Java as a mudserver language
jeffk at tenetwork.com
Thu Apr 10 04:30:25 New Zealand Standard Time 1997
All in all, Ild say you REALLY need to look at 1.1
Most of your concerns were my concerns, which 1.1 dealt with.
At 03:16 AM 4/10/97 -0500, you wrote:
>3) To my eye, Java still shows a lot of signs of the fact that
> it started as a language for programming toasters, and was
> never intended for anything as sophisticated as virtual world
> implementation. As far as I can tell, it has no real multiuser
Im not sure what you mean. It has all the facilities necessary to write
multi-user servers. Multi-threading and a decent socket wrapper.
>it has no concept of versioning sufficient to handle
> updates of class definitions while continuing to support millions
> of pre-existing instances of the class spread over thousands of
The reflection library provides the way to read old data and write it into
newer class versions. I believe in fact this is all done for you in the
serialization library which rides on top of it.
> servers, supporting transparent diskbasing would require
> writing a new vm from scratch,
No, just a common base class that provides the mechanism. Again the
serialization library provides a way tow rite otu and read back arbitray
instances of arbitray classes. The reflection library underneath is VERY
>the OO system is kinda lame, in
> particular numbers can't be objects
Sure they can. there have been wrappepr classes since the beginning for all
built in data ctypes.
> and you can't promote fixnums
> to bignums sanely
Explain in more detail. a fixnum I assume you mean a fixed point number.
Whats a bignum??
-- I also believe multiple inheritance will be
> a big win in sophisticated world design
Cold has multipel inhgeritance. In general ive never used it.
I find inetrfaces a far more useful idea actually...
>-- the current Java notion
> of doing reference-counting over WAN is imho nutso in a general
Huh? Are you referring to RMI here? Jave within a single machine does
garbage collection, not ref counting.
> transparent networking is not and will not be supported, the security
Yep. I agree witjh this. This is mroe abppropriately doen in the app wher
eyou know what you are dealing with. Again, you can build this into your
base class that all your mud objects derive from.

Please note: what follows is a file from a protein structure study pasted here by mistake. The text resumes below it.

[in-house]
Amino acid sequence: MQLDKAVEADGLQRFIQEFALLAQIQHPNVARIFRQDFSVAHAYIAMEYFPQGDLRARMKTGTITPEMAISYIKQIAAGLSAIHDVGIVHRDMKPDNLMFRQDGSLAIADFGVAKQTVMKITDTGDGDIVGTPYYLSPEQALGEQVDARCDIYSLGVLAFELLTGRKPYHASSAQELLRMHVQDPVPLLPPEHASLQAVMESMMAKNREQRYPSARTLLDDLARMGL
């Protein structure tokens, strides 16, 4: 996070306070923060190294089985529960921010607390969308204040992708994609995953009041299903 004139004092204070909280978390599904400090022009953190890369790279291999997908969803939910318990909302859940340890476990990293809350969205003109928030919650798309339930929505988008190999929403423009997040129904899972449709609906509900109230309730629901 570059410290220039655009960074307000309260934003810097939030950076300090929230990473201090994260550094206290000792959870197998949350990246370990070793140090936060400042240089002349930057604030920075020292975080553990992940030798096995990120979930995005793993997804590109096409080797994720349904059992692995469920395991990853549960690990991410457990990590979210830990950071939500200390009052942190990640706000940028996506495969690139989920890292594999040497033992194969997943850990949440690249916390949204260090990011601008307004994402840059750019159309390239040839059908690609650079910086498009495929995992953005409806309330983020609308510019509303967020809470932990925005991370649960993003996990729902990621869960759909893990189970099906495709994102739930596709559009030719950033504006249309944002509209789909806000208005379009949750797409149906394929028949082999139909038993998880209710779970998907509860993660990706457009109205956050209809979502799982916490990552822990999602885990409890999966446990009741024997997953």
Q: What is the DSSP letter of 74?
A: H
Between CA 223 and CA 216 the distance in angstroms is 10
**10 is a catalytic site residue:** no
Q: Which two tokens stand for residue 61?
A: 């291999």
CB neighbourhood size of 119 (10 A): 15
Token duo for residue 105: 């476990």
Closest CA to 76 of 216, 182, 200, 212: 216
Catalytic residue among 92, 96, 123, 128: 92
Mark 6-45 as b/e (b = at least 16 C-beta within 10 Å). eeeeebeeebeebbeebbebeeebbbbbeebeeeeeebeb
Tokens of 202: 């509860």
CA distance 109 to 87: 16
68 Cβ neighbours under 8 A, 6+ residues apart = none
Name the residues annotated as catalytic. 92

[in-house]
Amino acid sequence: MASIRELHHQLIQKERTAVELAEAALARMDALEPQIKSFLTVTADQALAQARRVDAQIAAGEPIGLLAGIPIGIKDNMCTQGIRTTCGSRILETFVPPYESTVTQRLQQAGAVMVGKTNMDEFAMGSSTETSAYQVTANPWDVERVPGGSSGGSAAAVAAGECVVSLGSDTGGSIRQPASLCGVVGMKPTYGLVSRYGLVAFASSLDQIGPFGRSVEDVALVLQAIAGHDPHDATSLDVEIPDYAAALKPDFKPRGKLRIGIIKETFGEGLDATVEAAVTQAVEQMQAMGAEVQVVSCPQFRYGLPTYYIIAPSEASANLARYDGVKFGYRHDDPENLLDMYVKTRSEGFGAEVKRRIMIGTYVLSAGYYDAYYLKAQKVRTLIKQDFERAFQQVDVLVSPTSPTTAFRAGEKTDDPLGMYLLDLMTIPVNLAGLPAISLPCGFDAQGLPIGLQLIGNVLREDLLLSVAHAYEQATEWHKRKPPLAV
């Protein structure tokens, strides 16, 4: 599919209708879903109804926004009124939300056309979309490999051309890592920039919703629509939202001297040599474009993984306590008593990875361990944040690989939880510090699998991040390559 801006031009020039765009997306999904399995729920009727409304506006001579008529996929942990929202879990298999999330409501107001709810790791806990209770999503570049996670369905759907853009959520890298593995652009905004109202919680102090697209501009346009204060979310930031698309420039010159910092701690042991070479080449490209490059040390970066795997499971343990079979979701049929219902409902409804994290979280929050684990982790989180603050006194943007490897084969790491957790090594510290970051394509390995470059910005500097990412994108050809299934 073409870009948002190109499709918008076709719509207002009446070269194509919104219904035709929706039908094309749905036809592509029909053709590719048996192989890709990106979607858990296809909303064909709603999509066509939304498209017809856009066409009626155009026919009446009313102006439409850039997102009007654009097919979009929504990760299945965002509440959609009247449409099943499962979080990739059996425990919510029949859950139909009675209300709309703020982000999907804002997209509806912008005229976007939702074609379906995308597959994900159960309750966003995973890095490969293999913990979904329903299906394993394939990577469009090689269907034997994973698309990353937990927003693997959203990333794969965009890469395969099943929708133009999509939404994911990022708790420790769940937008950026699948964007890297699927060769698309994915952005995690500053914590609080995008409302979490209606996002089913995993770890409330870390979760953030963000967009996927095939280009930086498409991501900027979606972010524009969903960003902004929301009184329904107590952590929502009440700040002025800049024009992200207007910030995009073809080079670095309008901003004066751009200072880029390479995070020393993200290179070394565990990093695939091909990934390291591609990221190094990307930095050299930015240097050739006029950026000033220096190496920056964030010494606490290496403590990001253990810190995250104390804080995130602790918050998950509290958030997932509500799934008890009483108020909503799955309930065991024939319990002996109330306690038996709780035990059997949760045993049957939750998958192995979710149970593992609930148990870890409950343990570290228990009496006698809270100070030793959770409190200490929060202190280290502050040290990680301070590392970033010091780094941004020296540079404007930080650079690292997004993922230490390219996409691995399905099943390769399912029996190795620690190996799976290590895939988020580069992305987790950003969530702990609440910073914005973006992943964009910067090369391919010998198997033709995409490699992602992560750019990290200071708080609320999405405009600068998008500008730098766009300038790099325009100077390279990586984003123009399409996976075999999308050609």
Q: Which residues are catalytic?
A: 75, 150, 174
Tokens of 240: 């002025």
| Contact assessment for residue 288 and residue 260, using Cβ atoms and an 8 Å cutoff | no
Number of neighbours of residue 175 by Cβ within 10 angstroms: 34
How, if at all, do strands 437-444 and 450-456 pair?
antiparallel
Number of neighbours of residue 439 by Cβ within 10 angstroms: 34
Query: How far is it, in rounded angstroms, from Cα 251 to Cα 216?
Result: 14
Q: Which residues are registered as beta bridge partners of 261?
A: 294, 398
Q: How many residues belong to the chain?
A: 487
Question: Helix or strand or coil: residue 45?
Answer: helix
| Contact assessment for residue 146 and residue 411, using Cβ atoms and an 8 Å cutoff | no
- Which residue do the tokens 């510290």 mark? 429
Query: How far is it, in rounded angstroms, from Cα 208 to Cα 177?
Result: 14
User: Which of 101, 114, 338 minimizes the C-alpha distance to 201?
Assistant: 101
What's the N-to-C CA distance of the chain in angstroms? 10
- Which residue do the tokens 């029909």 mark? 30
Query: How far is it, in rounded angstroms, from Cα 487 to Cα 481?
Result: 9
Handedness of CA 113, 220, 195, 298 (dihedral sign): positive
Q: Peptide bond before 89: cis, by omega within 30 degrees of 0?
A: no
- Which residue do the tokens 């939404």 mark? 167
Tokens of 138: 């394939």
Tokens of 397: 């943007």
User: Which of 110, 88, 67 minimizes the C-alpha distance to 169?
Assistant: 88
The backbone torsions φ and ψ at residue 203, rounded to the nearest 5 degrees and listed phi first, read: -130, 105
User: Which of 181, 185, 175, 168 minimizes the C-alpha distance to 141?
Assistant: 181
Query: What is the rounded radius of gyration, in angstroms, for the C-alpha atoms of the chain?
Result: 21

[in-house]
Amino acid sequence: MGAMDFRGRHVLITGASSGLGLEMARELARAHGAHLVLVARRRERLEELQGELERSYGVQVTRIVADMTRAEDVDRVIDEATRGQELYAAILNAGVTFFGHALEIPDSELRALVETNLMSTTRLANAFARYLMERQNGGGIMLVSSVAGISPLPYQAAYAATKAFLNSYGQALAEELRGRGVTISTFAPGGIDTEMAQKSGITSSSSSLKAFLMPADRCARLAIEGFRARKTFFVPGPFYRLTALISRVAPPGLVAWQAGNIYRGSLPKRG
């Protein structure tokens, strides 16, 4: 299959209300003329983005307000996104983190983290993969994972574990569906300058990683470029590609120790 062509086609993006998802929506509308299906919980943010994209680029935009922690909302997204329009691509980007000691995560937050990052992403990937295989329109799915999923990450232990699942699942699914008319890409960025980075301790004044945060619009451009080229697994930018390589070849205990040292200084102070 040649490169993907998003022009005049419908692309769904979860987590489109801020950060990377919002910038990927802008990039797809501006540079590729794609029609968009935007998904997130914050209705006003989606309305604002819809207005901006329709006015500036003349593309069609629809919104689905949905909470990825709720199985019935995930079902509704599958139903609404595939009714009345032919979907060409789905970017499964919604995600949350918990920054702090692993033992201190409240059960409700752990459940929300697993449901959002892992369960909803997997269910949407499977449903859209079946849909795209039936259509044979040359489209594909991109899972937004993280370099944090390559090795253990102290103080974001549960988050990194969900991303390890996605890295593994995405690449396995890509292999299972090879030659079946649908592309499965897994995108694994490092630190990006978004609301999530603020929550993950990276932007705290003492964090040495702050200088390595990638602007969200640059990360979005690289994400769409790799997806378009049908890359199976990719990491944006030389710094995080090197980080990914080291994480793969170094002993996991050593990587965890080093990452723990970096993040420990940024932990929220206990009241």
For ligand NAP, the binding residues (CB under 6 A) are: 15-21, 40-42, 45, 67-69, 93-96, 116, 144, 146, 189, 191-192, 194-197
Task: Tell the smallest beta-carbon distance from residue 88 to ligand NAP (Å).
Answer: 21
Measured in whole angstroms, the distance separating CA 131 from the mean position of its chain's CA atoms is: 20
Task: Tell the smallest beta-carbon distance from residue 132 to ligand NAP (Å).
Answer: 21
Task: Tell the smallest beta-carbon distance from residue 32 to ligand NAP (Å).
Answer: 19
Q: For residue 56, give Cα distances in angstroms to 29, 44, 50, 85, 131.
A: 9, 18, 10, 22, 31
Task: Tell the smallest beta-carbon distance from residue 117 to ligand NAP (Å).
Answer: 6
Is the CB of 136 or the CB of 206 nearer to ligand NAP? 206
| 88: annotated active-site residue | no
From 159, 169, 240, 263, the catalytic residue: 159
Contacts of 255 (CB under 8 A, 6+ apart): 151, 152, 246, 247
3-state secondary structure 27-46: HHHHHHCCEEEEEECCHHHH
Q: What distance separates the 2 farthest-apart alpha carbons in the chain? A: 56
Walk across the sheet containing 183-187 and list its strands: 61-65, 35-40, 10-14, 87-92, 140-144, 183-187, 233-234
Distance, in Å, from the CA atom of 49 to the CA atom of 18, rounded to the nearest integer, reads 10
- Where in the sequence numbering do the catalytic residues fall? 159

> mud context I'm interested in, and in general Java is trying hard
> to be fast and stupid rather than rich and flexible ala cutting-edge
I disagree. i think its a pretty bright langauge. thre IS a focus on
efficiency first. for ME thats actually MROE important. When you are
talking abotu real comemrical apps, wasted cycles means fewer users per
machien means higher cost of operation.
> Plus, Java is written with the Wirthian philosophy that
> the programmer is an idiot who needs to be given dull tools lest
> s/he cut her fingers, rather than the C/lisp philosophy that the
> programmer is competent to be trusted with sharp tools suited to
Yep. I lOVE Wirth. Wirth makes dnagerous things difficulkt,so you have to
thin kabotu them, and safe thinsg easy.
C makes dangerous thinsg easy, so yo udo em all the time, and safe things
Ick. Ild ratehr spend a tiny bit mreo time coding then ALOT more tiem
debugging, thank you. I've been writing C code for more then 10 years, I
can praticly carry on convesations in it... but I still find JAVA MUCH more
productive in terms of turnign otu workign code.
Do you purify your C code? if not, I bet you seriosu money you have at
least one array overrun or memory leak in it somewher. if you DO use
pruify, you se ehow much work it takes to really make C code CORRECT as
oppsoed to just running.
>4) I'm employed professionally writing mudservers in Java; I'd
> as soon not be doing anything too similar in my sparetime, to
> avoid friction and conflict of interest with my employer.
Well thers an issue ffor you, and yo ualone, i guess.
Q. if yo uare employed writing MUD servers and you hate JAVA so mnuch, how
did your project end up IN JAVA? I always get to chose my own tools.
>5) There are clearly gonna be lots of people writing mudservers in
> Java: Isn't clear I'd contribute much by writing one more. Muq,
> on the other hand, looks like it will at least contribute
> something a little different :)
Um. I dont think so actually, not real ones that are decently flexible and
efficient. Its not easy to architect such things and in m yexperience good
software architects are rare. hell, progrmamers who even KNWO the word
'architecture" are rare.
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